The activist and TED speaker Megan Phelps-Roper reveals her life growing up in the most hated family in America
At the age of five, Megan Phelps-Roper began protesting homosexuality and other alleged vices alongside fellow members of the Westboro Baptist Church in Topeka, Kansas. Founded by her grandfather and consisting almost entirely of her extended family, the tiny group would gain worldwide notoriety for its pickets at military funerals and celebrations of death and tragedy. As Phelps-Roper grew up, she saw that church members were close companions and accomplished debaters, applying the logic of predestination and the language of the King James Bible to everyday life with aplomb—which, as the church’s Twitter spokeswoman, she learned to do with great skill. Soon, however, dialogue on Twitter caused her to begin doubting the church’s leaders and message: If humans were sinful and fallible, how could the church itself be so confident about its beliefs? As she digitally jousted with critics, she started to wonder if sometimes they had a point—and then she began exchanging messages with a man who would help change her life.
A gripping memoir of escaping extremism and falling in love, Unfollow relates Phelps-Roper’s moral awakening, her departure from the church, and how she exchanged the absolutes she grew up with for new forms of warmth and community. Rich with suspense and thoughtful reflection, Phelps-Roper’s life story exposes the dangers of black-and-white thinking and the need for true humility in a time of angry polarization.
Phelps-Roper, granddaughter of Fred Phelps, founder of the Westboro Baptist Church, charts her journey from childhood church devotee to adult skeptic in her excellent debut memoir. She explores her early years immersed in the insular community of her family's church, a Kansas-based denomination known for picketing funerals of U.S. service members and widely decried as a hate group. Convinced by the church's teachings about scripture and sin, Phelps-Roper recounts spending her adolescence calling America to repentance and defending the views of the Westboro Baptist Church vociferously on Twitter. But then, as a young adult, in part due to thoughtful interactions on Twitter where she spars with critics of her church but also "relished confounding expectations," her faith begins to unravel. After she expresses her doubts, she is ostracized from her family. Phelps-Roper's intelligence and compassion shine throughout with electric prose ("the foundation of it all was a belief that our hearts had led us true when they told us the Bible was the answer... our unreliable, desperately wicked, deceitful hearts), an eye for detail, and a near-encyclopedic knowledge of the Bible. She admirably explicates the worldview of the Westboro Baptist Church while humanizing its members, and recounts a classic coming-of-age story without resorting to clich or condescending to her former self. For anyone interested in the power of rhetoric, belief, and family, Phelps-Roper's powerful, empathetic memoir will be a must-read.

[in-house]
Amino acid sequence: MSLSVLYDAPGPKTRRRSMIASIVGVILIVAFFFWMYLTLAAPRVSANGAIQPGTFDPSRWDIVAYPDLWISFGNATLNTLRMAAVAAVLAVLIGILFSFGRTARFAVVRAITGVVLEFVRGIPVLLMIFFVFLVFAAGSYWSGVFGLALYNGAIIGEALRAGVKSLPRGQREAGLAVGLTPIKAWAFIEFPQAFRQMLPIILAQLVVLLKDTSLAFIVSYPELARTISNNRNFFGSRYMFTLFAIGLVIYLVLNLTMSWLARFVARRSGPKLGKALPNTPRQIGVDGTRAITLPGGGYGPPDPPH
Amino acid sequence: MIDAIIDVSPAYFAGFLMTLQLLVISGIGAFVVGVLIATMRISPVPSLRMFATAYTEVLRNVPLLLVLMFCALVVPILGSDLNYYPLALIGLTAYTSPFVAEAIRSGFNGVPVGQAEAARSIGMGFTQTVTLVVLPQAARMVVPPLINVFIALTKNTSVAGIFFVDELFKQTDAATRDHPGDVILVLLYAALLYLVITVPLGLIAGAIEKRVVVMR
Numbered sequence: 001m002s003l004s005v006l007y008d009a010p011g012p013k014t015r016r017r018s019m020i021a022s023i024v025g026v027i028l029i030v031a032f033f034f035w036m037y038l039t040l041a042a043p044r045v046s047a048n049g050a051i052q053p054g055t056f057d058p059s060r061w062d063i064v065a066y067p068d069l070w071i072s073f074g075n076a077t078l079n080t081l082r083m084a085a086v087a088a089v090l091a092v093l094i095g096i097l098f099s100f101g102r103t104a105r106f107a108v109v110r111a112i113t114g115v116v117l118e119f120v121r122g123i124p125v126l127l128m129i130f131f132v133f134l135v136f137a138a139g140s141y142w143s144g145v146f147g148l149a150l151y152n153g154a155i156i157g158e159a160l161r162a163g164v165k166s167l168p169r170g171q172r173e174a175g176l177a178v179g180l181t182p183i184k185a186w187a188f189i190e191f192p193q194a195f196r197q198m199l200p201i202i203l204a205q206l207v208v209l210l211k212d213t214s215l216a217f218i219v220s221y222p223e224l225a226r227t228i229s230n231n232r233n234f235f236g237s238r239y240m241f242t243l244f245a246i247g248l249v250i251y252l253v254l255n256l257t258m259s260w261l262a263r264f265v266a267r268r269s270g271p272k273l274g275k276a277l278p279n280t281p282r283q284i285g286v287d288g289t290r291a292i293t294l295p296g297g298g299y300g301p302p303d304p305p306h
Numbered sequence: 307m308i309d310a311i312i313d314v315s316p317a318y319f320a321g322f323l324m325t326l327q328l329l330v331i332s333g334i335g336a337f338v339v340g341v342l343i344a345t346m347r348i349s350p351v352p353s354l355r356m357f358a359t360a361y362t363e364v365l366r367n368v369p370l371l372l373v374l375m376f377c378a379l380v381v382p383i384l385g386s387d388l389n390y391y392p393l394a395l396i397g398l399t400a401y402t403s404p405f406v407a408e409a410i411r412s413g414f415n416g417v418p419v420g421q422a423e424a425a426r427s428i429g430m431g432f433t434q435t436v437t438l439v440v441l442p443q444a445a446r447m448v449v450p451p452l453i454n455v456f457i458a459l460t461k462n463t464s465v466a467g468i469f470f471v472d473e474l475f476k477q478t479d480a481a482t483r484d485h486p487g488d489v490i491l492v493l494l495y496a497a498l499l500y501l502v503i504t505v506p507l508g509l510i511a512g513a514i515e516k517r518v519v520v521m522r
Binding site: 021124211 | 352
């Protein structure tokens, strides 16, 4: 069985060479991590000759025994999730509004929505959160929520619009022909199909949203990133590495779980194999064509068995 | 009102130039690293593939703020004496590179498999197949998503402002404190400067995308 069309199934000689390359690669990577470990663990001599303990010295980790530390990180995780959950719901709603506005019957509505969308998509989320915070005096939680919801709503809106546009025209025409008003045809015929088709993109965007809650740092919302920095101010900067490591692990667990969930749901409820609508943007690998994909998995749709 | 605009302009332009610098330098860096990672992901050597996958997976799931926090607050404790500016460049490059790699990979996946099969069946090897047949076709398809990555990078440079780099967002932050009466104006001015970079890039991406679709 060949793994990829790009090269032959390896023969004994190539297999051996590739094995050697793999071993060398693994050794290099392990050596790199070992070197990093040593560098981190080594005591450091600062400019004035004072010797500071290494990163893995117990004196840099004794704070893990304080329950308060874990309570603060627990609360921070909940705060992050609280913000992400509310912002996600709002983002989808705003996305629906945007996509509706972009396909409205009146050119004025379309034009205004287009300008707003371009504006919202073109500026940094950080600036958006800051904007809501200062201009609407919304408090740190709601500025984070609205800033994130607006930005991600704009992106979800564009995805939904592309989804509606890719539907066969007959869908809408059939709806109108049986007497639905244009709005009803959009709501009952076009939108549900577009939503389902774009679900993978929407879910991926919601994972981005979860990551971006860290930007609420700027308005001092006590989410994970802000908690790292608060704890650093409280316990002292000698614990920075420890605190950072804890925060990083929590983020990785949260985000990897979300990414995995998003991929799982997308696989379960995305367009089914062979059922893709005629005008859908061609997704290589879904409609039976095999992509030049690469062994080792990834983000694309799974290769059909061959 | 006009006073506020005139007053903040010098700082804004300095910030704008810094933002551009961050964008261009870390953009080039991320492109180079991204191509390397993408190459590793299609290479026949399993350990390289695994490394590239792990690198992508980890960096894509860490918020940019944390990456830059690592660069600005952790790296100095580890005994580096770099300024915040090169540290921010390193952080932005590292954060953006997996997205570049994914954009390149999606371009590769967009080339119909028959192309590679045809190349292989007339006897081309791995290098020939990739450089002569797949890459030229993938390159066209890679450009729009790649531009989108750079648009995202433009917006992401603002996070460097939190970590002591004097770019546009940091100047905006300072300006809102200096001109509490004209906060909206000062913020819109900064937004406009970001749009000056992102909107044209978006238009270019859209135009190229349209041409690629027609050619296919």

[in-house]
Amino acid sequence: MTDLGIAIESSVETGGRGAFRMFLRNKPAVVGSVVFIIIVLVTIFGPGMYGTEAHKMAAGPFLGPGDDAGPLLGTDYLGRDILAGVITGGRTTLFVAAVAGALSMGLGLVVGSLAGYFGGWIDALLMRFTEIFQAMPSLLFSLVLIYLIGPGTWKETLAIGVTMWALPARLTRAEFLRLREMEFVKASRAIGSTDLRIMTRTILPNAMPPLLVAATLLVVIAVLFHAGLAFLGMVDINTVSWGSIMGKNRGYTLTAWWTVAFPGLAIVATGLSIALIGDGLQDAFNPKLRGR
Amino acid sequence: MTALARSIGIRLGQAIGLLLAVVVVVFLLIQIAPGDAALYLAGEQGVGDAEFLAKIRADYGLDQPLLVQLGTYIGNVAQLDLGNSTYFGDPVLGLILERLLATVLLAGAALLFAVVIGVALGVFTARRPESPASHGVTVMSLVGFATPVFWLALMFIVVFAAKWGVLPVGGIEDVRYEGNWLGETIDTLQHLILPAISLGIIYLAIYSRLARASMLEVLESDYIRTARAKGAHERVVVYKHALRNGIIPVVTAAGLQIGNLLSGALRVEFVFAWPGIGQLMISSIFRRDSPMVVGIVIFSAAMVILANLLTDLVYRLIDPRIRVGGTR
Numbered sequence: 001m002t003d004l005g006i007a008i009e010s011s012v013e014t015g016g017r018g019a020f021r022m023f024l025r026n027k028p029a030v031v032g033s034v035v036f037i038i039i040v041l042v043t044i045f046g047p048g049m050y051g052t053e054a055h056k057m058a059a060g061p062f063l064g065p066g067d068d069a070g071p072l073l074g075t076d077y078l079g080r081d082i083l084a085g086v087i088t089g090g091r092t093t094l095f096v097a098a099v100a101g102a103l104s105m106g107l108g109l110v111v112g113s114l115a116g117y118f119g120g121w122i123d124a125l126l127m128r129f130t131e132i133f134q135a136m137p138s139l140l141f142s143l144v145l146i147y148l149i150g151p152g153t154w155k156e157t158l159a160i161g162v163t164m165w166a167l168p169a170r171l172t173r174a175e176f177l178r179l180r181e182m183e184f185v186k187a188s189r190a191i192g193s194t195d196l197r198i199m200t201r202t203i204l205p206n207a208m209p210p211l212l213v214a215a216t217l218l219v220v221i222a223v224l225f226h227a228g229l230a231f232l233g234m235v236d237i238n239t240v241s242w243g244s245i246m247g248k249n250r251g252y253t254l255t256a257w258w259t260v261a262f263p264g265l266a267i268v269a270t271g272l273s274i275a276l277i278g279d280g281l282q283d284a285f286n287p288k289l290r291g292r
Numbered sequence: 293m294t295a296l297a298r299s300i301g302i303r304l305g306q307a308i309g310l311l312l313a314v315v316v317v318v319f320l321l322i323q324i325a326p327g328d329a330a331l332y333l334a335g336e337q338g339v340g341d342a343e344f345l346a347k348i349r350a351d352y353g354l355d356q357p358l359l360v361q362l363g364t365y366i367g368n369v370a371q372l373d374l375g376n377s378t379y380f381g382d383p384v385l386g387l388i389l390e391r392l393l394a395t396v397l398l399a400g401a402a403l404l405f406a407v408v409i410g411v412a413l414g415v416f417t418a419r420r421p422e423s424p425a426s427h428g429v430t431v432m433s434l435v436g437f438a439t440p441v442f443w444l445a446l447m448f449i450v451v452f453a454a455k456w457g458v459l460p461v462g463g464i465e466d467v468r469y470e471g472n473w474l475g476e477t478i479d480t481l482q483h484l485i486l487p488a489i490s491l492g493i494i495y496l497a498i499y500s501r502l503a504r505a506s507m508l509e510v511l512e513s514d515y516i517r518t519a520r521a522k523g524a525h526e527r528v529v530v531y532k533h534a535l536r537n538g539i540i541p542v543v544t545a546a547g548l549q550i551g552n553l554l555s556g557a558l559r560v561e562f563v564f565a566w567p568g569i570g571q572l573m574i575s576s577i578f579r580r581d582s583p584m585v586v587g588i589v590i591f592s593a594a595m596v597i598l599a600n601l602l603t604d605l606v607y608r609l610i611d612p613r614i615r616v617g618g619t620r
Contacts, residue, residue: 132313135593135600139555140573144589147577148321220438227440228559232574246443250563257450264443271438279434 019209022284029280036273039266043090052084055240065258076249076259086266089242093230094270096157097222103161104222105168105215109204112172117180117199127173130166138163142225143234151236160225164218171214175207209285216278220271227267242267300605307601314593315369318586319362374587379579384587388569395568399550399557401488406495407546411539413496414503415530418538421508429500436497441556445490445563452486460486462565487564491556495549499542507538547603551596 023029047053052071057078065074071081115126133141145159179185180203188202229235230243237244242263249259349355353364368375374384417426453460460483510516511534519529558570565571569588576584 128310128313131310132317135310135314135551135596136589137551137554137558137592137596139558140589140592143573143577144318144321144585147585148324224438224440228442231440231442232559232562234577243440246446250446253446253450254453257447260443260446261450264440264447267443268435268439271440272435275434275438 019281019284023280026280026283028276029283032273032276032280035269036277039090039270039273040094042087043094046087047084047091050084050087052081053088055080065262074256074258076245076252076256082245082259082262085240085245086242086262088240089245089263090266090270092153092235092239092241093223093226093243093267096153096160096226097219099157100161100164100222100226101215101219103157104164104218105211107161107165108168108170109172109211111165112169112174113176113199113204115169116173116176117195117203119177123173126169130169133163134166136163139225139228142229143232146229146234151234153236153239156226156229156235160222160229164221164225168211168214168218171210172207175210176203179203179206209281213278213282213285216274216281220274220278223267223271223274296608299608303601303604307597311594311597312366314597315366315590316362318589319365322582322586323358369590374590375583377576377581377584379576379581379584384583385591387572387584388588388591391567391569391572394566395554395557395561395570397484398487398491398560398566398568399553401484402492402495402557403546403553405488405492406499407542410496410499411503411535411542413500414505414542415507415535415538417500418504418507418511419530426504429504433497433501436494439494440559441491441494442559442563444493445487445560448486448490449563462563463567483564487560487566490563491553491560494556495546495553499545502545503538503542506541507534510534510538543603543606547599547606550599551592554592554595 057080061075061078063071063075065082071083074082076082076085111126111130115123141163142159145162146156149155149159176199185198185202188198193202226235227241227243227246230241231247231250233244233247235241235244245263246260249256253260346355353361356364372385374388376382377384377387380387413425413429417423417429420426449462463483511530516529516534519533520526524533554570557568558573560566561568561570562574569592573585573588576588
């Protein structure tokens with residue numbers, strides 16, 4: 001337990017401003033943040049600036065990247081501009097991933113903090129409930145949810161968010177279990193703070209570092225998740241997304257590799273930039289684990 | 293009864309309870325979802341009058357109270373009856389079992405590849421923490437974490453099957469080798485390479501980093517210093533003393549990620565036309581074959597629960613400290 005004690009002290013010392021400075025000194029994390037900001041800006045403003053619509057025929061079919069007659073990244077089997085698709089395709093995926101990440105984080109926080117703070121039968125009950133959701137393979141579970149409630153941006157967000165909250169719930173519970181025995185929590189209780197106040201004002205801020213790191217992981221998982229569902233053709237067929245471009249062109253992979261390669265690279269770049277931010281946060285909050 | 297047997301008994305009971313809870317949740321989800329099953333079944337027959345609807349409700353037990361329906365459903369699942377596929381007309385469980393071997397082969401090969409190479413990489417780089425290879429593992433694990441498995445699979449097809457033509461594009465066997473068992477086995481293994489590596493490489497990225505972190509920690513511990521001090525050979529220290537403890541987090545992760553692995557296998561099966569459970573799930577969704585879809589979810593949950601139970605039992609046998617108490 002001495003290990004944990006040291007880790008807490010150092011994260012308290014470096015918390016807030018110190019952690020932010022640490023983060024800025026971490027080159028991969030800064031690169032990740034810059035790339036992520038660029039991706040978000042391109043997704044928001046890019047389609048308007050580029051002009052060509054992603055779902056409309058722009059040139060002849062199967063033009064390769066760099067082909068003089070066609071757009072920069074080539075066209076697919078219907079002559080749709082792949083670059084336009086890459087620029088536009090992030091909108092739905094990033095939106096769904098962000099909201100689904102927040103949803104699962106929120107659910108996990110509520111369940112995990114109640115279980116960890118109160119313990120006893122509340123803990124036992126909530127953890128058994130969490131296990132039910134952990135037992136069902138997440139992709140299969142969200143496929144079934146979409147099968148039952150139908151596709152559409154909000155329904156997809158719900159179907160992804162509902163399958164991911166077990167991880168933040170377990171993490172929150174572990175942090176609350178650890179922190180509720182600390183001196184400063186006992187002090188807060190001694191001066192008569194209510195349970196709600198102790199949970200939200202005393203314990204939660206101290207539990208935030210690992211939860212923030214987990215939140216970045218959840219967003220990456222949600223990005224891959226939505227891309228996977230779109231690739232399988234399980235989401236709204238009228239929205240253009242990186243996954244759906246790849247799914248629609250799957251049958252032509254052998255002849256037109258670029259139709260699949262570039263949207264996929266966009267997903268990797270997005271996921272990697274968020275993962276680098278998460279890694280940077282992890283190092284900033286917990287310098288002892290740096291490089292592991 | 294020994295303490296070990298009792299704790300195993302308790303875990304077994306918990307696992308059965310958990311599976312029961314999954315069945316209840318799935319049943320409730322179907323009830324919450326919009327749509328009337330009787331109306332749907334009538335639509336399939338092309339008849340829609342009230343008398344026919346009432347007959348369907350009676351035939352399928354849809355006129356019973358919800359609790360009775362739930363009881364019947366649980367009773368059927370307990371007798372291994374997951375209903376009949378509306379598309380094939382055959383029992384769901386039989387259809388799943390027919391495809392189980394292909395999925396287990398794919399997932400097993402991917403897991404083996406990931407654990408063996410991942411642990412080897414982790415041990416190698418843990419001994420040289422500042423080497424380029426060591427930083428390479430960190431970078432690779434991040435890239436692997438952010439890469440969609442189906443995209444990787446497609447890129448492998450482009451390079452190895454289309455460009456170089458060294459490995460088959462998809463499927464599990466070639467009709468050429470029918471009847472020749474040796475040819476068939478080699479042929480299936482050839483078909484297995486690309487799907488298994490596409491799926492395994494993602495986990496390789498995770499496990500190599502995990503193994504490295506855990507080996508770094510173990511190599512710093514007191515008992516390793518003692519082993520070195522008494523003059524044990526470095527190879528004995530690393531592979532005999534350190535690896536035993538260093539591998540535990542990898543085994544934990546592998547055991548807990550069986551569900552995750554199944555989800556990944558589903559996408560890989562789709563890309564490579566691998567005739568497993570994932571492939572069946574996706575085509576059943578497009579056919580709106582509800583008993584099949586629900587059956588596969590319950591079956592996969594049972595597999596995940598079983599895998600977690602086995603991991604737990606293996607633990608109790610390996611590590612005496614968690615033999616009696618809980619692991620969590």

Almost a soap opera script at times
Doubt wasn’t the sin, I came to believe. It was the arrogance of certainty that poisoned Westboro at its foundations.”
This is the story of the rise, decline and fall of Westboro Baptist Church in Topeka Kansas, as seen through the eyes of Fred Phelps’ granddaughter Megan Phelps-Roper. It’s a no holes barred, non sugar coated look at how the charisma of the founders gets co-opted by “the new leaders” who want to stay in charge in a changing society.
This intelligent highly skilled extended insular family have given new meaning to “looney tunes” but Phelps-Roper lets us see it through her eyes. How could the ones who claim the Bible’s calls to be in the world try to shut out the world? How dare they treat their “own” worse than those they are “called to save”? How abusive is that.
As an ordained pastor with a heavy theological background, I was amazed at the depth of personal sorrow the author brings to this cathartically personal memoir. This is a self-proclaimed “word lover” who had me looking for definitions all through the book. I never would have looked for this book had it not been mentioned on NPR one day, and I waited with baited breath for it to come into my library queue, dropping all others so I could read it. I read it in huge chunks, trying to make sense of it, And I was well rewarded with a book I see as a top ten contestant for 2019. Highly recommended 5/5
N.B- there are triggers for verbal and psychological abuse
[disclaimer: I received this book from the library and chose to read and review it]
No thank you.
I just cannot get beyond the harm this family has done. I thought reading this book would mitigate the anger i hold towards them. It didn’t. This author still loves her mother - that twisted monster who caused so much irreparable harm to people i love. It must be nice to put it all behind you, write a book, move in with some man you met online and become famous while the people you killed and maimed have to somehow go on…